Was there any fear of understanding that working behind the scenes will take away from your fandom of the product? A lot of people, for example, love the game of football, but when working in it get so wrapped up, the games become like an afterthought.

Not at all. I was like a kid in the candy store, learning about all this stuff. It was like being a kid learning the behind the scenes of Santa Clause. It was awesome. I was only 15 then.

What were your fears of promoting independent wrestling shows?

Probably the same as everyone else’s, losing money. 

Can you talk about how times were different in that day for indy wrestling on how things are today?

I haven’t ran an independent show since 2010, so I really can’t say.

Can you talk about the fan festivals you started promoting back in 2003-2004..

I actually started promoting conventions in 1994. I brought conventions back in 2003 when no one else in the business was promoting them. My first one back, I had Bobby Heenan, Paul Orndorff, Kevin Von Erich, Ricky Steamboat, and a few others at, and it was a great turnout. I returned with a Tribute to WrestleMania 1 convention the day before WrestleMania 20 that was at MSG, bringing in 18 wrestlers that were in the first WrestleMania, and it was just a huge hit.

Around Wrestlemania 20 time, you had a huge fan fest, got attention from WWE, talk about the recognition and validation it gave you that this was your thing at that time.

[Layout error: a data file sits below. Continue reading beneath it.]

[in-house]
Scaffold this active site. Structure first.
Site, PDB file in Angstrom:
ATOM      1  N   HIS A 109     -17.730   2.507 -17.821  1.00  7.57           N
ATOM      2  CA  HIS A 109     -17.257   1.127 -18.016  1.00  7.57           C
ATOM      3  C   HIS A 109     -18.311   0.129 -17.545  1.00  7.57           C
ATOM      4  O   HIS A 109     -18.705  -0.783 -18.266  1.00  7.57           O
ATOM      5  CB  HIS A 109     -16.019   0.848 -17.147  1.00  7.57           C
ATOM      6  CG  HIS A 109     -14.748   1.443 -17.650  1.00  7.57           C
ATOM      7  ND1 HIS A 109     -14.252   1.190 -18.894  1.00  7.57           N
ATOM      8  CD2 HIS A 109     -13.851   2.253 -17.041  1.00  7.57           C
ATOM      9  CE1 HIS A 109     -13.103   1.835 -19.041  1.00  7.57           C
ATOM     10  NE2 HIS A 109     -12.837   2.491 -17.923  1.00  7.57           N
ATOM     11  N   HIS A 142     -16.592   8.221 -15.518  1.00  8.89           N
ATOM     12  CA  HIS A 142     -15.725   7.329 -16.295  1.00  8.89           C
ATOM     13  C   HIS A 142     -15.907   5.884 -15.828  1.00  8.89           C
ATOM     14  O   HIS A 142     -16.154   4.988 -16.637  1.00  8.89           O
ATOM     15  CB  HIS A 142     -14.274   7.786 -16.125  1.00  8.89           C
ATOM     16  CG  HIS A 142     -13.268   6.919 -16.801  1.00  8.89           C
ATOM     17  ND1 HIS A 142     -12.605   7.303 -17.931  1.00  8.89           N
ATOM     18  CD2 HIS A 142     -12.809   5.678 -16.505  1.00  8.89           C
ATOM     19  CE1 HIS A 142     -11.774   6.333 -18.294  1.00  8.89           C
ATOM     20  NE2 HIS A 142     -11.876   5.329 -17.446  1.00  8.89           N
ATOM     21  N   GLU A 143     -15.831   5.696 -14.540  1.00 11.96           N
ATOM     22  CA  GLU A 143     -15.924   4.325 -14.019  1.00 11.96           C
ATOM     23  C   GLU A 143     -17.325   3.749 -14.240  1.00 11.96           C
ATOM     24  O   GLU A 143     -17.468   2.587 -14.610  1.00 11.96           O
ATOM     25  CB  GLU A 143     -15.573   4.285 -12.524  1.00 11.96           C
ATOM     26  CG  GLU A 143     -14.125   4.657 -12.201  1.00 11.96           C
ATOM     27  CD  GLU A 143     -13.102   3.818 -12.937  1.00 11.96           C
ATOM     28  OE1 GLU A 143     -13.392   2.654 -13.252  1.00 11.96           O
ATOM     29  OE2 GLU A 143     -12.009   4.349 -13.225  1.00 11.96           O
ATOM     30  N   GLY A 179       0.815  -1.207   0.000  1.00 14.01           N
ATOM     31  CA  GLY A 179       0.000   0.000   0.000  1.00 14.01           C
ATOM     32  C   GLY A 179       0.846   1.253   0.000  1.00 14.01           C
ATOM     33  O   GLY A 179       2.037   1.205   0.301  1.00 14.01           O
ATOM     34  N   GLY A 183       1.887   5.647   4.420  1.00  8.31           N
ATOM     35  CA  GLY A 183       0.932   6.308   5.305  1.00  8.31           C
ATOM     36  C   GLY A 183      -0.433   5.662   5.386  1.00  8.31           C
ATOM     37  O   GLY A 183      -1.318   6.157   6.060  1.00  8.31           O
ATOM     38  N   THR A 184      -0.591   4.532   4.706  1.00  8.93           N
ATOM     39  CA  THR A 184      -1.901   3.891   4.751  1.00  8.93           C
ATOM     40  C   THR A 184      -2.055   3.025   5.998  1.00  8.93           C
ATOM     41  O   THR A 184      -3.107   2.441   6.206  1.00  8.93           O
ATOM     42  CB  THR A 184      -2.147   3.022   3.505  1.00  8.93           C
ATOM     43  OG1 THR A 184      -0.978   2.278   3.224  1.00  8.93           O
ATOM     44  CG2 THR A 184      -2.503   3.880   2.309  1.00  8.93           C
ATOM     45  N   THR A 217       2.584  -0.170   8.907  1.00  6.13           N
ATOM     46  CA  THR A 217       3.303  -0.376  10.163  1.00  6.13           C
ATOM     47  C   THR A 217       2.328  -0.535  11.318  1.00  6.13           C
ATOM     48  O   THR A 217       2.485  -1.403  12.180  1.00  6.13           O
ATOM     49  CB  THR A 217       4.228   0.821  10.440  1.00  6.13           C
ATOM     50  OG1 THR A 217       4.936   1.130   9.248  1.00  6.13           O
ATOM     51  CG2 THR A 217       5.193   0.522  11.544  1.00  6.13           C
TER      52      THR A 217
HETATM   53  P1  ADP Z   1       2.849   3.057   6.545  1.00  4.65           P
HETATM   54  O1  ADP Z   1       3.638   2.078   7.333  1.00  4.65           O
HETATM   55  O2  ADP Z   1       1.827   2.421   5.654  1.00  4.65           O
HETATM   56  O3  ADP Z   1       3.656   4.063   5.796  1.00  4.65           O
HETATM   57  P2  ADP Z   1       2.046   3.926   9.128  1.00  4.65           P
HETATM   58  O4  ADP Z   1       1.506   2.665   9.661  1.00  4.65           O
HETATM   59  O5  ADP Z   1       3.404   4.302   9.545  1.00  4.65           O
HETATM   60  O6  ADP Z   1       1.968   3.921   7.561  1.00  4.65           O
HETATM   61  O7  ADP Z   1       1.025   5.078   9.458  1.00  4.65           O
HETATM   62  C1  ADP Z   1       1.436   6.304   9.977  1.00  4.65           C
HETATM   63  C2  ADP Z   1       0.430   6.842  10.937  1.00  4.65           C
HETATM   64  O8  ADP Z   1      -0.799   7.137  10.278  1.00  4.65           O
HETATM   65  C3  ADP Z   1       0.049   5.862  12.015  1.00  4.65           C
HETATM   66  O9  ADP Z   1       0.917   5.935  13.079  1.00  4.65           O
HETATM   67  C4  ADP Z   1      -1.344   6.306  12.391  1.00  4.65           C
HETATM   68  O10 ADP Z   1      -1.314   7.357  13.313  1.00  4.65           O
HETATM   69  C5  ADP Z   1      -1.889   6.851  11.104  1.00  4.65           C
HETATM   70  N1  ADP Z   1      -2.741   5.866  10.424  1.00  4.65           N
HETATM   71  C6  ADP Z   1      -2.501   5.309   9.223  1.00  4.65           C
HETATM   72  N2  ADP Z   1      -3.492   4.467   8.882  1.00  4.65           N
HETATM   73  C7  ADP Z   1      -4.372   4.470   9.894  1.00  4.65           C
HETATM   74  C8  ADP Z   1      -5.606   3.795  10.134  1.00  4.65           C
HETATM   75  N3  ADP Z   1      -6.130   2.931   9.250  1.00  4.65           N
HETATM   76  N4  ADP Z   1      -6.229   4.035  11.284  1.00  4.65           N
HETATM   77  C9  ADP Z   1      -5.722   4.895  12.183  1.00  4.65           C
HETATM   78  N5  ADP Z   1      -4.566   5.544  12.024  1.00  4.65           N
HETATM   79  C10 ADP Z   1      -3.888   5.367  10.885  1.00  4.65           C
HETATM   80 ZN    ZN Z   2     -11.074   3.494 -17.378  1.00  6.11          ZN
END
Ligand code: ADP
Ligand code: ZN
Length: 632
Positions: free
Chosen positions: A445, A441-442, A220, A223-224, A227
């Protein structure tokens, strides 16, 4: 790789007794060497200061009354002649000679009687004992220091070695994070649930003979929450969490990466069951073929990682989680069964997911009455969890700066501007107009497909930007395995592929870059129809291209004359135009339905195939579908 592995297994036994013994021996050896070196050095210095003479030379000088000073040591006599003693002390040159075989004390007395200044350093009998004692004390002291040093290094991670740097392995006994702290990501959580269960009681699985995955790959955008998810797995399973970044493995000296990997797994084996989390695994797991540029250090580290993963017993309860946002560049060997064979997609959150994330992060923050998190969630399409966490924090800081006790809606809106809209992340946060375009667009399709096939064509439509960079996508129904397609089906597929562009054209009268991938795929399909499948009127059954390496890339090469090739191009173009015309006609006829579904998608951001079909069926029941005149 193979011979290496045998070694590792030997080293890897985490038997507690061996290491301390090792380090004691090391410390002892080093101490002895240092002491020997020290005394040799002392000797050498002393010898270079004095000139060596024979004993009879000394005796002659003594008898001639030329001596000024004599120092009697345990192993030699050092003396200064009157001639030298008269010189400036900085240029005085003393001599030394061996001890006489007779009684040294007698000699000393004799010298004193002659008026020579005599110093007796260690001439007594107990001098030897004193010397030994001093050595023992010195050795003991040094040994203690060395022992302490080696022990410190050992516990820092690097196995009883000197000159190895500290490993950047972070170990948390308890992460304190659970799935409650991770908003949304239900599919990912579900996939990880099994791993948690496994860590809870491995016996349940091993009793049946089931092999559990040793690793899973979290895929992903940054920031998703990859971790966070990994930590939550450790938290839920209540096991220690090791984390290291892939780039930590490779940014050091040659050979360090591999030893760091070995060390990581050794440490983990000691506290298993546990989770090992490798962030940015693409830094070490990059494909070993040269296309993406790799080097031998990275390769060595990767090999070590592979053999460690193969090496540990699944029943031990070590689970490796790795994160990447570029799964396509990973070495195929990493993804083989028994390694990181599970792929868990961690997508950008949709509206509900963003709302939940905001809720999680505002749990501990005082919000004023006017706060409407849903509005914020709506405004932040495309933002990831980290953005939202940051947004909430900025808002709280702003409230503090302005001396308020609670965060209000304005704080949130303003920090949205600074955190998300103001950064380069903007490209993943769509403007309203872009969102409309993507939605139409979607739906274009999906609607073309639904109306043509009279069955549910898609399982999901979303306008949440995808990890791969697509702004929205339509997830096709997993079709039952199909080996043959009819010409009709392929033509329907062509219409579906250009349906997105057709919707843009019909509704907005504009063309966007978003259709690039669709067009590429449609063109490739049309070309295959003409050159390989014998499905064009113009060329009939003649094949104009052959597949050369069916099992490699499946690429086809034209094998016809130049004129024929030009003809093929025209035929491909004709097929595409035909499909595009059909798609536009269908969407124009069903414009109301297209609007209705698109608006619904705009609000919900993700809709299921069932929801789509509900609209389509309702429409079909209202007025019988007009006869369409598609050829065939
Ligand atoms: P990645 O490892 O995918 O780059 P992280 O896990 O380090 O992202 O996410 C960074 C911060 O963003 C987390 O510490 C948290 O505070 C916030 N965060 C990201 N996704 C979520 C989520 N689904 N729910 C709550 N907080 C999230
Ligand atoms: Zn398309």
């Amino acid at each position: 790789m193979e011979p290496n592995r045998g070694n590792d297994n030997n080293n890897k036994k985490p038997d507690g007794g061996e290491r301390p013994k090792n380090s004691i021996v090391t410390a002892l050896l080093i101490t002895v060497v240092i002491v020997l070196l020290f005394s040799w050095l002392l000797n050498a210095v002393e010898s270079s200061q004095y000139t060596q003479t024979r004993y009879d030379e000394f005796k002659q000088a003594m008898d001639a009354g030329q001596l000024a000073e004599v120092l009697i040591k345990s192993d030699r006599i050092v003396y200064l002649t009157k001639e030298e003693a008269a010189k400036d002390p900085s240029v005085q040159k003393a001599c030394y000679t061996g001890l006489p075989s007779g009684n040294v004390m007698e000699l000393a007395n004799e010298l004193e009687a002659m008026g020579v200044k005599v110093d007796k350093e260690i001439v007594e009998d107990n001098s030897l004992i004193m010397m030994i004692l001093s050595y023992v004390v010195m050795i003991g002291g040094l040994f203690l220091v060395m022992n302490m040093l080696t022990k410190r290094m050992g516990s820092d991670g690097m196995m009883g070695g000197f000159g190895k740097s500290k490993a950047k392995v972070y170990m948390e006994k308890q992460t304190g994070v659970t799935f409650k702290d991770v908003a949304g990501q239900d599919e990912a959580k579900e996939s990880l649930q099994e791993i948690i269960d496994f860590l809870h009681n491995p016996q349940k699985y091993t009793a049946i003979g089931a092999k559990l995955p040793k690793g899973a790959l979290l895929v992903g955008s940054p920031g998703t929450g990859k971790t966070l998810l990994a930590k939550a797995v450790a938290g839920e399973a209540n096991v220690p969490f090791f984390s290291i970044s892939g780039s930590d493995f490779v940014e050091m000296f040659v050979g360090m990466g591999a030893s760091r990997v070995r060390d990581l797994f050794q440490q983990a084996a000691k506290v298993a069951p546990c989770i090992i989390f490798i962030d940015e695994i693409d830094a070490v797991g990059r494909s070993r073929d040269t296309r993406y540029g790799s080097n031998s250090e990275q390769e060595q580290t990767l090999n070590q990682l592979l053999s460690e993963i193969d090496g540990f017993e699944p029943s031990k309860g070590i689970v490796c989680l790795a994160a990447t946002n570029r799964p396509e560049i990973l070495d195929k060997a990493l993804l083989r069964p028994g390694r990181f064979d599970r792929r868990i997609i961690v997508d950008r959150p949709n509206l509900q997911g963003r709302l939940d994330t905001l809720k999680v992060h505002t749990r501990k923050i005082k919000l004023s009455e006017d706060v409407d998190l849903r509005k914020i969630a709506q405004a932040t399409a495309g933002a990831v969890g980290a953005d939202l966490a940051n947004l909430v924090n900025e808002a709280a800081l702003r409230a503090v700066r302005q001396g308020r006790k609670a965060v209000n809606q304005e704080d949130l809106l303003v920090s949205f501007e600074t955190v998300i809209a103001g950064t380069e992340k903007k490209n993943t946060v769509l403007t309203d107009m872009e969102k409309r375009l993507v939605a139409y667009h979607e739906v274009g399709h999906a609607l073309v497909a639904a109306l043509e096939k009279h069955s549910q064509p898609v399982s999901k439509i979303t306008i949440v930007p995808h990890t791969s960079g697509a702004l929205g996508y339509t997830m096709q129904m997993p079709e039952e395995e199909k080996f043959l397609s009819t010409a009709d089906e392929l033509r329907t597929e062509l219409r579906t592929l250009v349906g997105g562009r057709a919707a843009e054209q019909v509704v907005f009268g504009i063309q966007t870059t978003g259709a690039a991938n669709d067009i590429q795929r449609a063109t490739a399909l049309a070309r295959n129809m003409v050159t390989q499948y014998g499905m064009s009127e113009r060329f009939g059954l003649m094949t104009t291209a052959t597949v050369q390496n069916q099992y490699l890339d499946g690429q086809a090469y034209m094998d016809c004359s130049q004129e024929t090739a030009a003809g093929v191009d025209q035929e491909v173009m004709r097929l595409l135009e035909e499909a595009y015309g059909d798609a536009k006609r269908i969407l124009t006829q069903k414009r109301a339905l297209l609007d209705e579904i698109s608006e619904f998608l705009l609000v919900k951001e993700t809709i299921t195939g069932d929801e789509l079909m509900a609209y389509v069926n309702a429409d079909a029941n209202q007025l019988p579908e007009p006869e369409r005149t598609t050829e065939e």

To this day, it was my greatest and biggest event I ever promoted. The story behind this is fascinating. I thought of the idea sitting on my couch one day, and I knew it would be a huge success. I had a phone book with hundreds of numbers in it and just started calling everyone and booking them. I spent all day doing it. At the end of the day, I realized I didn’t have any money to pay for it! I was just so confident that it would draw and was counting on advance ticket money to pay everyone. Luckily, my gut was right! Talk about a gamble, though! 

Talk to me about your experience work with WWE…at that point..

Sure. So back in 2010, I got hired by WWE to help launch their WWE Network they were working on. I would just watch matches and log the footage all day. It wasn’t what I wanted to do by any stretch, but in my mind, I thought it was at least a foot in the door and could lead to more. The first day was amazing, and I hung out with Joey Styles and Howard Finkel all day in the office. I said to myself that I made the right choice and would breakthrough in no time. For the next month, I didn’t see anyone. I was stationed in a trailer, just logging footage. I realized then I wasn’t going to be able to climb the ladder doing that. I was traveling from NJ every day, and the pay wasn’t much, so it wasn’t worth it. I only lasted for about a month. I was getting married that fall, and it just didn’t make sense. If I were younger and lived at home with my parents, it would have been a different story.